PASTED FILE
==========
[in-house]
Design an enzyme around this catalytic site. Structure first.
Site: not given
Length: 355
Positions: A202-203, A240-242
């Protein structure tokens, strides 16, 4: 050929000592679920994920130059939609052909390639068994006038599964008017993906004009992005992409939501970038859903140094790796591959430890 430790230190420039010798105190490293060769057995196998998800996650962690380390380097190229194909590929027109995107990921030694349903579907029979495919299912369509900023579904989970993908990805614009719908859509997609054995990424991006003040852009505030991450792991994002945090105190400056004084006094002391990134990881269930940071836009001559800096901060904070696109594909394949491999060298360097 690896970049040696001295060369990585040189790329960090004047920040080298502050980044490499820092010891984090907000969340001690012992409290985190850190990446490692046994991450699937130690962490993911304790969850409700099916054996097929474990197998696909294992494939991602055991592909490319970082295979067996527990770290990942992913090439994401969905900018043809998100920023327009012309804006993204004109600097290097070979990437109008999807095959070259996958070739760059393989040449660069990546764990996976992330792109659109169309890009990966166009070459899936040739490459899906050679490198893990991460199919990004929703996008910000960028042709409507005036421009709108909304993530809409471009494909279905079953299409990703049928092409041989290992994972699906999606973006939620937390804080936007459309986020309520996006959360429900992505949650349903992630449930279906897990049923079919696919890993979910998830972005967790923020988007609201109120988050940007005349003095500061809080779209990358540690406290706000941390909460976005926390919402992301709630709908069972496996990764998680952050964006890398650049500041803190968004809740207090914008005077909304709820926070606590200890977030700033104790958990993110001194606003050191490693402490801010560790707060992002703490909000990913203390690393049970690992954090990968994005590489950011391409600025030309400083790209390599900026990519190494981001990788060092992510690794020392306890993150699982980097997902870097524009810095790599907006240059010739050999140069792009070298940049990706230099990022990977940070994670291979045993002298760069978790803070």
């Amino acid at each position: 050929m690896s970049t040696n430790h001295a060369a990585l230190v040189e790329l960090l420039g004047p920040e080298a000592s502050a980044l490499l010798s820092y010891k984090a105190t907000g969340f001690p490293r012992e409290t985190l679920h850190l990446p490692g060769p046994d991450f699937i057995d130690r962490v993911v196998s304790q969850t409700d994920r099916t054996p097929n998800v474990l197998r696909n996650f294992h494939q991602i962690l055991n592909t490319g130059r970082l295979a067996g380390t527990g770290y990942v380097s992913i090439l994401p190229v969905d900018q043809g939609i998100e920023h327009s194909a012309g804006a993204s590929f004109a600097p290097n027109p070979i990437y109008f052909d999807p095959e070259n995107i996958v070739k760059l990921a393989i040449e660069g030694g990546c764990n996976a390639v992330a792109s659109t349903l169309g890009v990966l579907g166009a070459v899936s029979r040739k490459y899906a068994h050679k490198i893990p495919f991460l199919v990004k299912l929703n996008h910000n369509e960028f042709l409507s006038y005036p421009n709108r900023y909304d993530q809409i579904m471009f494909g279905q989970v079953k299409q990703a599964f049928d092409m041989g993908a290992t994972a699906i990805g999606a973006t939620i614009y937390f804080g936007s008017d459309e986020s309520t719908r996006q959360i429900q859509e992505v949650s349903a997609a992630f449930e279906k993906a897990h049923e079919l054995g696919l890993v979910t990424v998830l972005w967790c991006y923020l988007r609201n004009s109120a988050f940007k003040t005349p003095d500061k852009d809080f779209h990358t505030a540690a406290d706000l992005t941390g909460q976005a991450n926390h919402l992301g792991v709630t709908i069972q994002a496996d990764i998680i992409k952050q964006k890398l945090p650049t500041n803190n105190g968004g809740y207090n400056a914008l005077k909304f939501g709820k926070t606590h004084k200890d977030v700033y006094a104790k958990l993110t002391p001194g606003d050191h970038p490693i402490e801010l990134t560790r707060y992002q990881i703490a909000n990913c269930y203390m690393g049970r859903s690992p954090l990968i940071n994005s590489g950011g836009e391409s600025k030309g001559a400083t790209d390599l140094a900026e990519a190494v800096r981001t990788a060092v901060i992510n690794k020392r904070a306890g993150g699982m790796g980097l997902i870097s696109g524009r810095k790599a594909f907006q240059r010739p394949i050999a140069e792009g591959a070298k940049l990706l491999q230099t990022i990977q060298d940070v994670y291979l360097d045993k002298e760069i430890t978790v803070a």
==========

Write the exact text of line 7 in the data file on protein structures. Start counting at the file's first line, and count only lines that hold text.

């Amino acid at each position: 050929m690896s970049t040696n430790h001295a060369a990585l230190v040189e790329l960090l420039g004047p920040e080298a000592s502050a980044l490499l010798s820092y010891k984090a105190t907000g969340f001690p490293r012992e409290t985190l679920h850190l990446p490692g060769p046994d991450f699937i057995d130690r962490v993911v196998s304790q969850t409700d994920r099916t054996p097929n998800v474990l197998r696909n996650f294992h494939q991602i962690l055991n592909t490319g130059r970082l295979a067996g380390t527990g770290y990942v380097s992913i090439l994401p190229v969905d900018q043809g939609i998100e920023h327009s194909a012309g804006a993204s590929f004109a600097p290097n027109p070979i990437y109008f052909d999807p095959e070259n995107i996958v070739k760059l990921a393989i040449e660069g030694g990546c764990n996976a390639v992330a792109s659109t349903l169309g890009v990966l579907g166009a070459v899936s029979r040739k490459y899906a068994h050679k490198i893990p495919f991460l199919v990004k299912l929703n996008h910000n369509e960028f042709l409507s006038y005036p421009n709108r900023y909304d993530q809409i579904m471009f494909g279905q989970v079953k299409q990703a599964f049928d092409m041989g993908a290992t994972a699906i990805g999606a973006t939620i614009y937390f804080g936007s008017d459309e986020s309520t719908r996006q959360i429900q859509e992505v949650s349903a997609a992630f449930e279906k993906a897990h049923e079919l054995g696919l890993v979910t990424v998830l972005w967790c991006y923020l988007r609201n004009s109120a988050f940007k003040t005349p003095d500061k852009d809080f779209h990358t505030a540690a406290d706000l992005t941390g909460q976005a991450n926390h919402l992301g792991v709630t709908i069972q994002a496996d990764i998680i992409k952050q964006k890398l945090p650049t500041n803190n105190g968004g809740y207090n400056a914008l005077k909304f939501g709820k926070t606590h004084k200890d977030v700033y006094a104790k958990l993110t002391p001194g606003d050191h970038p490693i402490e801010l990134t560790r707060y992002q990881i703490a909000n990913c269930y203390m690393g049970r859903s690992p954090l990968i940071n994005s590489g950011g836009e391409s600025k030309g001559a400083t790209d390599l140094a900026e990519a190494v800096r981001t990788a060092v901060i992510n690794k020392r904070a306890g993150g699982m790796g980097l997902i870097s696109g524009r810095k790599a594909f907006q240059r010739p394949i050999a140069e792009g591959a070298k940049l990706l491999q230099t990022i990977q060298d940070v994670y291979l360097d045993k002298e760069i430890t978790v803070a």